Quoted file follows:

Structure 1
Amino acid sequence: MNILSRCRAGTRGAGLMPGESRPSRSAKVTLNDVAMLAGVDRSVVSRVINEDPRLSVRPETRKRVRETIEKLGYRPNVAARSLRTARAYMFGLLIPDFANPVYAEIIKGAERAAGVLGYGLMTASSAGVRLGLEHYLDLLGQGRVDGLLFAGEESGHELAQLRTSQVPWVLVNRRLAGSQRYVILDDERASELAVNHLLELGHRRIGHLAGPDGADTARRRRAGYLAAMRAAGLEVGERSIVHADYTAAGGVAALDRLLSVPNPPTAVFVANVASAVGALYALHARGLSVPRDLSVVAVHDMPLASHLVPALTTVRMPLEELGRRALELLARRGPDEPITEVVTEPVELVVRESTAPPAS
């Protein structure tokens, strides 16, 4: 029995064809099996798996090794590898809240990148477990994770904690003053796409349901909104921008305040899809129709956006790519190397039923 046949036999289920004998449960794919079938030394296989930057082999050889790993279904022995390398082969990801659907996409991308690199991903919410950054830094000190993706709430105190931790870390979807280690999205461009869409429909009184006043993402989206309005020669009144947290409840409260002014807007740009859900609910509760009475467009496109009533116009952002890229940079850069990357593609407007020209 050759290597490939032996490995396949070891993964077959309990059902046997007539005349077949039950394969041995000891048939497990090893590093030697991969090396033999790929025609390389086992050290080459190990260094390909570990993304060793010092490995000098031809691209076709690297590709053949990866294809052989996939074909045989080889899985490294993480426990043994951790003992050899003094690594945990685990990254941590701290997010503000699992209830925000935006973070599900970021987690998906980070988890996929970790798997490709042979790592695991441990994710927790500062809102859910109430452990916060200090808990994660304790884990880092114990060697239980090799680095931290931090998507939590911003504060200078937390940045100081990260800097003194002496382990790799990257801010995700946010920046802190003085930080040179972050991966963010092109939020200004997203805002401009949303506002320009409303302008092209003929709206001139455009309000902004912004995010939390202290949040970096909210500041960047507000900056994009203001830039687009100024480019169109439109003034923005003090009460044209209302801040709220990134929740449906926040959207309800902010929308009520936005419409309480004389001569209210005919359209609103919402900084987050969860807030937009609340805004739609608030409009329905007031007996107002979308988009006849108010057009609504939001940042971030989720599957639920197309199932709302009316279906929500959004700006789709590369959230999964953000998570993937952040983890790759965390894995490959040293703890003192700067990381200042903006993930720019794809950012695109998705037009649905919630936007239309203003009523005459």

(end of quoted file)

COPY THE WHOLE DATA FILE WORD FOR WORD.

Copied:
Structure 1
Amino acid sequence: MNILSRCRAGTRGAGLMPGESRPSRSAKVTLNDVAMLAGVDRSVVSRVINEDPRLSVRPETRKRVRETIEKLGYRPNVAARSLRTARAYMFGLLIPDFANPVYAEIIKGAERAAGVLGYGLMTASSAGVRLGLEHYLDLLGQGRVDGLLFAGEESGHELAQLRTSQVPWVLVNRRLAGSQRYVILDDERASELAVNHLLELGHRRIGHLAGPDGADTARRRRAGYLAAMRAAGLEVGERSIVHADYTAAGGVAALDRLLSVPNPPTAVFVANVASAVGALYALHARGLSVPRDLSVVAVHDMPLASHLVPALTTVRMPLEELGRRALELLARRGPDEPITEVVTEPVELVVRESTAPPAS
């Protein structure tokens, strides 16, 4: 029995064809099996798996090794590898809240990148477990994770904690003053796409349901909104921008305040899809129709956006790519190397039923 046949036999289920004998449960794919079938030394296989930057082999050889790993279904022995390398082969990801659907996409991308690199991903919410950054830094000190993706709430105190931790870390979807280690999205461009869409429909009184006043993402989206309005020669009144947290409840409260002014807007740009859900609910509760009475467009496109009533116009952002890229940079850069990357593609407007020209 050759290597490939032996490995396949070891993964077959309990059902046997007539005349077949039950394969041995000891048939497990090893590093030697991969090396033999790929025609390389086992050290080459190990260094390909570990993304060793010092490995000098031809691209076709690297590709053949990866294809052989996939074909045989080889899985490294993480426990043994951790003992050899003094690594945990685990990254941590701290997010503000699992209830925000935006973070599900970021987690998906980070988890996929970790798997490709042979790592695991441990994710927790500062809102859910109430452990916060200090808990994660304790884990880092114990060697239980090799680095931290931090998507939590911003504060200078937390940045100081990260800097003194002496382990790799990257801010995700946010920046802190003085930080040179972050991966963010092109939020200004997203805002401009949303506002320009409303302008092209003929709206001139455009309000902004912004995010939390202290949040970096909210500041960047507000900056994009203001830039687009100024480019169109439109003034923005003090009460044209209302801040709220990134929740449906926040959207309800902010929308009520936005419409309480004389001569209210005919359209609103919402900084987050969860807030937009609340805004739609608030409009329905007031007996107002979308988009006849108010057009609504939001940042971030989720599957639920197309199932709302009316279906929500959004700006789709590369959230999964953000998570993937952040983890790759965390894995490959040293703890003192700067990381200042903006993930720019794809950012695109998705037009649905919630936007239309203003009523005459």